Probably we must come to a pessimistic conclusion. Just to try to find a way to ameliorate the scenario, but without expecting to know the whole truth, it could be a reasonable proposal to extend as much as possible the Traditional Herbal Medicine Directive to give rules for most products. Furthermore, the application of this directive to herbal products will, probably, ameliorate the quality and safety level of these products. Herbals and herbal extracts, as a matter of fact, should be considered in a different way from food products because of their peculiarities. The main problem regarding herbal products is their safety. This fundamental aspect cannot be guaranteed by current food production rules (basic hygiene requirements plus the Hazard Analysis and Critical Control Points, HACCP, system). Generally speaking, a fundamental initial step to get a valid proof of safety (non-toxicity) regarding botanicals starts from a chemically defined raw material. To obtain a safe botanical product (herbs and herbal extracts category), means to obtain, first of all, a quality product and, consequently, being able to monitor the whole production chain, starting from the control of the growing plants, a botanical and chemical check of the biomass to be used, a quality control process, certain stability limits and a release of the finished botanical derivatives under strict quality controls. As you can easily see, the HACCP system and food production requirements do not set rules on all of the above-mentioned items. For these reasons, the plain application of the food supplements directive is probably to be considered inadequate. As regards establishing new regulations, it may be considered advisable that the new rules should be very similar (or equivalent) to pharmaceutical good manufacturing practice (GMP) and be applied even to the production of the active ingredients. Performing all the steps necessary to have a safe product, of course, is quite expensive and requires a big investment also in terms of organization. It is very likely that small companies (and larger ones) will not accept such a proposal, because, at the moment, it is too difficult or unappealing to them.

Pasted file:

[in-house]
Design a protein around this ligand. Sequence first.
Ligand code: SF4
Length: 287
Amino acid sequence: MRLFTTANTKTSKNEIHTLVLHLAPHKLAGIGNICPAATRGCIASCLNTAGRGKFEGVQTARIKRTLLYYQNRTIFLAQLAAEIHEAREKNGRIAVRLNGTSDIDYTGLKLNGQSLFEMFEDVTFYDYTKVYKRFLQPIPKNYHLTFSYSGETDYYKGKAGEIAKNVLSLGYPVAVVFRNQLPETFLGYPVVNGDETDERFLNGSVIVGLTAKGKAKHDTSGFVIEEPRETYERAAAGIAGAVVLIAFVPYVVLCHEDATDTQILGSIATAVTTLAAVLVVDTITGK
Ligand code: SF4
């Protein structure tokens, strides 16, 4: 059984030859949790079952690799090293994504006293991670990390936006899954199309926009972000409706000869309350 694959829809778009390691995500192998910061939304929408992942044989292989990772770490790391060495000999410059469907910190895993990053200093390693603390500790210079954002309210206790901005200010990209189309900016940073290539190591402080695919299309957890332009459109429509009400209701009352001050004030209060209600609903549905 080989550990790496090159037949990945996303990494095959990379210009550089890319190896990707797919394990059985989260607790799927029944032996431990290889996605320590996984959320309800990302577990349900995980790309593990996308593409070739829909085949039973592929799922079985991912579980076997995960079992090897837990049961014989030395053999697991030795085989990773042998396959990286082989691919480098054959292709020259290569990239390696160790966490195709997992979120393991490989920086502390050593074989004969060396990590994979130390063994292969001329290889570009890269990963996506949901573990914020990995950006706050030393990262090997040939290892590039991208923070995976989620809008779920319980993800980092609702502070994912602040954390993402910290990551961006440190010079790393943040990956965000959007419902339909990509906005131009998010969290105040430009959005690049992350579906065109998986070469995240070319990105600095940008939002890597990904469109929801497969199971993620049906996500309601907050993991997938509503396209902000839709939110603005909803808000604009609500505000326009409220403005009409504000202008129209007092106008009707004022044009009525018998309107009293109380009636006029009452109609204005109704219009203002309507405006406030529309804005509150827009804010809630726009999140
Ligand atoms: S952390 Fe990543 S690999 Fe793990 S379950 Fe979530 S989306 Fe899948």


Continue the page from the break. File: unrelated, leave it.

Nevertheless, the current market requires a major change in terms of levels of quality and safety offered to the consumer. The consumer is starting to be very confused about herbs, and, probably, is becoming very worried about their real efficacy. Being able to offer to the customer quality and safe products is the first step in having the opportunity to introduce an initial discussion about innovative herbal products.
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